This is a crucial week in the wars in Ukraine and Iraq, the two easily most compelling geopolitical stories of the year—but not of the decade, which belongs to the rise of China.
First, Ukraine. The pro-Russia separatists are doing badly, holding on to Donetsk and Luhansk for their dear lives. Pretty soon, Ukrainian President Petro Poroshenko is calling President Putin, who will soon have to bet raise, or fold. Now, I, like everyone with any interest in this matter, have my own set of plausible outcomes in their order of likelihood. I won’t inflict my thoughts about that on you since my understanding of the region is largely derivative. However, I noticed a detail in the news that appears to be a crucial piece of the answer to the question: How did the rag-tag, poorly-equipped Ukraine military grow a spine and then some? I mean, it was just a few months ago that they’d caved in Crimea, and proceeded to yield to the pro-Russia separatists elsewhere in southeast Ukraine without putting up a fight of any kind. Did air cover turn the trick? Maybe replacing local conscripts with soldiers from the west really helped. Is Porochenko actually Tony Stark after a facelift? Perhaps all of these things helped, but there was no way to sure, since the media was not giving me any clues. But then, NYT provided a great hint in “Ukraine Strategy Bets on Restraint by Russia” (9 Aug. 2014), in which Andrew E. Kramer writes:
“The fighting for Donetsk has taken on a lethal pattern: The regular army bombards separatist positions from afar, followed by chaotic, violent assaults by some of the half-dozen or so paramilitary groups surrounding Donetsk who are willing to plunge into urban combat.”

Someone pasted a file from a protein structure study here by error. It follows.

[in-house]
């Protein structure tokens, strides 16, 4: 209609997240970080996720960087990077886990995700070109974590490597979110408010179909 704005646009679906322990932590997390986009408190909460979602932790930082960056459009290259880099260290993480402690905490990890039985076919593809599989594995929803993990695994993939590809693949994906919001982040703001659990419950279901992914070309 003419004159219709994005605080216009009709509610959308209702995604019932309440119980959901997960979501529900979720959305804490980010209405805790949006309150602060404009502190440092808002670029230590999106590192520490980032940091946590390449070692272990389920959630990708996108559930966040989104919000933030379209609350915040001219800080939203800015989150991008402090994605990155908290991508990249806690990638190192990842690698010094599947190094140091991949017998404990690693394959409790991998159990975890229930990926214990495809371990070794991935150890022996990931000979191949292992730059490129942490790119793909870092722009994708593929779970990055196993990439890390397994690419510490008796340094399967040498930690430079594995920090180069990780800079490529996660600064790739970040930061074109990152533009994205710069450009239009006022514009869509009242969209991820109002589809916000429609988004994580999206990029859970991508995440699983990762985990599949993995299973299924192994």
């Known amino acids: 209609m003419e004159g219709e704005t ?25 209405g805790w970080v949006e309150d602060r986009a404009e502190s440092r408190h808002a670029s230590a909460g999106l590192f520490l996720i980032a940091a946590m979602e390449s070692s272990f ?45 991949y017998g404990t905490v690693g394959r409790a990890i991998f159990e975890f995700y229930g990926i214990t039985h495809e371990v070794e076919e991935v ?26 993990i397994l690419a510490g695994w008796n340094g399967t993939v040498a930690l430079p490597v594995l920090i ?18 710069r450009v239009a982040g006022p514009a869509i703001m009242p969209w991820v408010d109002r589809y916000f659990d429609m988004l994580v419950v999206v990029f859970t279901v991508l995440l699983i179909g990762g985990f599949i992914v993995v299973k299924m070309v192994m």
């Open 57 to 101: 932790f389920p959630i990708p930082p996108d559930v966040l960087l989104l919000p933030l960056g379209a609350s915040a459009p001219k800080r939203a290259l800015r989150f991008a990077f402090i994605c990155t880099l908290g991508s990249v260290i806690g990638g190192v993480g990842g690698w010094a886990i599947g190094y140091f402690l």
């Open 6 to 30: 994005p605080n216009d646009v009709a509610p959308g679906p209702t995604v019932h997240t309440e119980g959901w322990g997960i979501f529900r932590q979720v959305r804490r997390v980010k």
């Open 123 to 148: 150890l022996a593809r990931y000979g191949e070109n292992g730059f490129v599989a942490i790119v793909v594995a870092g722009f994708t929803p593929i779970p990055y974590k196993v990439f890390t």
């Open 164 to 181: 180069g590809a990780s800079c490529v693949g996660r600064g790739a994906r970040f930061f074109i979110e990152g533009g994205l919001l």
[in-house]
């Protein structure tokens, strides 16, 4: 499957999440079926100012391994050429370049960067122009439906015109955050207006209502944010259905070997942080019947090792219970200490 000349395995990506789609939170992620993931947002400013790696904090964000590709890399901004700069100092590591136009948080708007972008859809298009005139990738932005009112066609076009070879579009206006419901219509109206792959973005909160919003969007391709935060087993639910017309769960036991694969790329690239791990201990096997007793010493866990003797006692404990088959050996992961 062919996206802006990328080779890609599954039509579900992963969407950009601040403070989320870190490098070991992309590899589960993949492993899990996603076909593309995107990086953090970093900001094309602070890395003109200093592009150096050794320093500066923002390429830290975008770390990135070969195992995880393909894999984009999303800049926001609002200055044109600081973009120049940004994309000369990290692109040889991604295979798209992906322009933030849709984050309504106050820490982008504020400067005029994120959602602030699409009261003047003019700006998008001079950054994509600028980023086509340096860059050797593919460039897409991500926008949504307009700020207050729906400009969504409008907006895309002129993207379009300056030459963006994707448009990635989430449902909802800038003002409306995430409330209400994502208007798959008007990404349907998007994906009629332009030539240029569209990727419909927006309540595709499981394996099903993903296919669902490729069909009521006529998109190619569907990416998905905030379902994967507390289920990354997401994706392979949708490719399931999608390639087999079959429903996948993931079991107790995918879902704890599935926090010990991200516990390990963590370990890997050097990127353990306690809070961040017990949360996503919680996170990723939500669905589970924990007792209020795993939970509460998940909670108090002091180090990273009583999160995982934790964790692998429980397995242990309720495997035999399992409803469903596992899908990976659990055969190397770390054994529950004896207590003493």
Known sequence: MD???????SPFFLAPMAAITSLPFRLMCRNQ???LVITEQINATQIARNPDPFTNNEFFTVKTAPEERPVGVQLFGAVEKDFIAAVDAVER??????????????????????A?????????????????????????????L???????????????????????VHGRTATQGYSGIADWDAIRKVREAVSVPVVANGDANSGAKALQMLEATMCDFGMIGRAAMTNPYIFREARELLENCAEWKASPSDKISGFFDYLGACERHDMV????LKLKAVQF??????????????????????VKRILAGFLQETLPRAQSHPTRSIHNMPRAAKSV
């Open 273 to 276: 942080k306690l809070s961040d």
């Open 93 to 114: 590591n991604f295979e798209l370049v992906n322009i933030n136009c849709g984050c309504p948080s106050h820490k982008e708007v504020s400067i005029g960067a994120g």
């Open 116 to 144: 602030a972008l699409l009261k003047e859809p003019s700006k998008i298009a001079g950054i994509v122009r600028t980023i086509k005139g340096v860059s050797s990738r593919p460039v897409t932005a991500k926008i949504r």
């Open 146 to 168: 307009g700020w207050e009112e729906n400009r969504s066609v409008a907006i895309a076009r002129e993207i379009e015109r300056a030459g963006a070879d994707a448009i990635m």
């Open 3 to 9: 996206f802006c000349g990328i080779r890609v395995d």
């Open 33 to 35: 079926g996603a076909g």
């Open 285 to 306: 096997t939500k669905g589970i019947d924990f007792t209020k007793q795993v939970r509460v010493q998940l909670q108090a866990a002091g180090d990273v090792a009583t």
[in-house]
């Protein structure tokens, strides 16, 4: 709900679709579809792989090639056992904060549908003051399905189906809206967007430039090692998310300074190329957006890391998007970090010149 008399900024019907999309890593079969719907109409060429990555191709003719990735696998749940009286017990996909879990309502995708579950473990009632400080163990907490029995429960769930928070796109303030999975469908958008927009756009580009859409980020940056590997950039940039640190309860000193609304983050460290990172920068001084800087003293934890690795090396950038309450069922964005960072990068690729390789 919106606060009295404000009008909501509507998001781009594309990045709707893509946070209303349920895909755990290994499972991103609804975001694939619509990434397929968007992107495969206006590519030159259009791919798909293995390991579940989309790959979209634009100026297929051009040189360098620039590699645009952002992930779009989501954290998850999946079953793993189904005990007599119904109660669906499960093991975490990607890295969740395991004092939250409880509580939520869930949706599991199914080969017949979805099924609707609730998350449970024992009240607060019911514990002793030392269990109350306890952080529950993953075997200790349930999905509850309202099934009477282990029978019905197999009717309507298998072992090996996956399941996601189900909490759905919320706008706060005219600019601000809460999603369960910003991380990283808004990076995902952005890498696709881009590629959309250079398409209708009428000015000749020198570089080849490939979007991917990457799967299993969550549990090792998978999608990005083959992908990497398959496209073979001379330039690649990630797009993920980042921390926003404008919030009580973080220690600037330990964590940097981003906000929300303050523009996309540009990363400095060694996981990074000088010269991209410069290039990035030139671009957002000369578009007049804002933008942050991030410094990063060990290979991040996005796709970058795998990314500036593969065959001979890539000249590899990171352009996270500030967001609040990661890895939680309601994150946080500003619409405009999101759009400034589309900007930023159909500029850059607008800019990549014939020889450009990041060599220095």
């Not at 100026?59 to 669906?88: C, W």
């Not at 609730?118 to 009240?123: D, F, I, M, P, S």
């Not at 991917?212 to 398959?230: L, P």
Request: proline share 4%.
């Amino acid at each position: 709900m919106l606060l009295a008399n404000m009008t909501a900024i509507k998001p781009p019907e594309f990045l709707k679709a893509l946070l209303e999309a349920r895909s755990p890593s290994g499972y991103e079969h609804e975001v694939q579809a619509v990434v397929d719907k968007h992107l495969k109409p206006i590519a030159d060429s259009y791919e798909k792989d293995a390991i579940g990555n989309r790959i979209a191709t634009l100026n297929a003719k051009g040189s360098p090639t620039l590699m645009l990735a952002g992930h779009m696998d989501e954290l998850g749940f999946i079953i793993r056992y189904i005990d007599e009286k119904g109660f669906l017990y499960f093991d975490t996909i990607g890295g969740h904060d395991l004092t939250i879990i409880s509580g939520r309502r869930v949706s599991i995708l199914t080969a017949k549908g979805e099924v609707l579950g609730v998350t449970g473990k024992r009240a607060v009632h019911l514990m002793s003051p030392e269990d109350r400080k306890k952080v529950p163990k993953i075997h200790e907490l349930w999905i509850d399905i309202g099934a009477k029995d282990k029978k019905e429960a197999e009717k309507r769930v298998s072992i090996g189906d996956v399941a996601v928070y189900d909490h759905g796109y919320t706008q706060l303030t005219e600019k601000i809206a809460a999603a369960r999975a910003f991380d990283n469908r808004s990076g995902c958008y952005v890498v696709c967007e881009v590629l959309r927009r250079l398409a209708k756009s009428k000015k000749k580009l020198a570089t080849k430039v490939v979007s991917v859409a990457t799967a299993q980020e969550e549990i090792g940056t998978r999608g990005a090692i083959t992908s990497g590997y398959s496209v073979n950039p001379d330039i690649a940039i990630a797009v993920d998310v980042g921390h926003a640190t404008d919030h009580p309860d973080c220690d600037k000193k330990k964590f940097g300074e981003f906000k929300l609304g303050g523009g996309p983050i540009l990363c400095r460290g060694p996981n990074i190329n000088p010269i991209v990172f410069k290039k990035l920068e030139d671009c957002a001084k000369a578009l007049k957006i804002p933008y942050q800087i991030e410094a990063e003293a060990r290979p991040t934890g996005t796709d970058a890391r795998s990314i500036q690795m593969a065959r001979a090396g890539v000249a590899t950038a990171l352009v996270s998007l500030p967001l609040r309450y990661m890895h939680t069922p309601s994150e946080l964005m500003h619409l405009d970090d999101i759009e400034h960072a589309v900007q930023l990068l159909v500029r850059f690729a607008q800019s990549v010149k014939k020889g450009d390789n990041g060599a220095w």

The Ukrainian military didn’t get any stronger, they just called in their own paramilitary.
This may have some immediate consequences, for Kramer goes on to say:
“Officials in Kiev say the militias and the army coordinate their actions, but the militias, which count about 7,000 fighters, are angry and, at times, uncontrollable. One known as Azov, which took over the village of Marinka, flies a neo-Nazi symbol resembling a Swastika as its flag.
“In pressing their advance, the fighters took their orders from a local army commander, rather than from Kiev. In the video of the attack, no restraint was evident. Gesturing toward a suspected pro-Russian position, one soldier screamed, ‘The bastards are right there!’ Then he opened fire.”
The paramilitary harbors potential for battlefield atrocities depending on the severity of the endgame, assuming there is one. But it could be of more than passing importance regardless of the outcome or the process in getting there, for it will have proven itself to be by far the most powerful group man-for-man of fighters in the land. What ambitious politician would not want it to have his/her back in the post-conflict political landscape—assuming that it cannot be easily disbanded, once the hurly-burly is done? It is likely that a disproportionate number of these fighters owe their loyalty to the more radical elements in the Maidan takeover that wound up with Yanukovich absconding the country, elements who will be making demands for a place in the post-conflict political landscape that Porochenko and the rest of the mainstream politicians will ignore at their peril.
Outlook? Somewhere between the Taliban and the French resistance.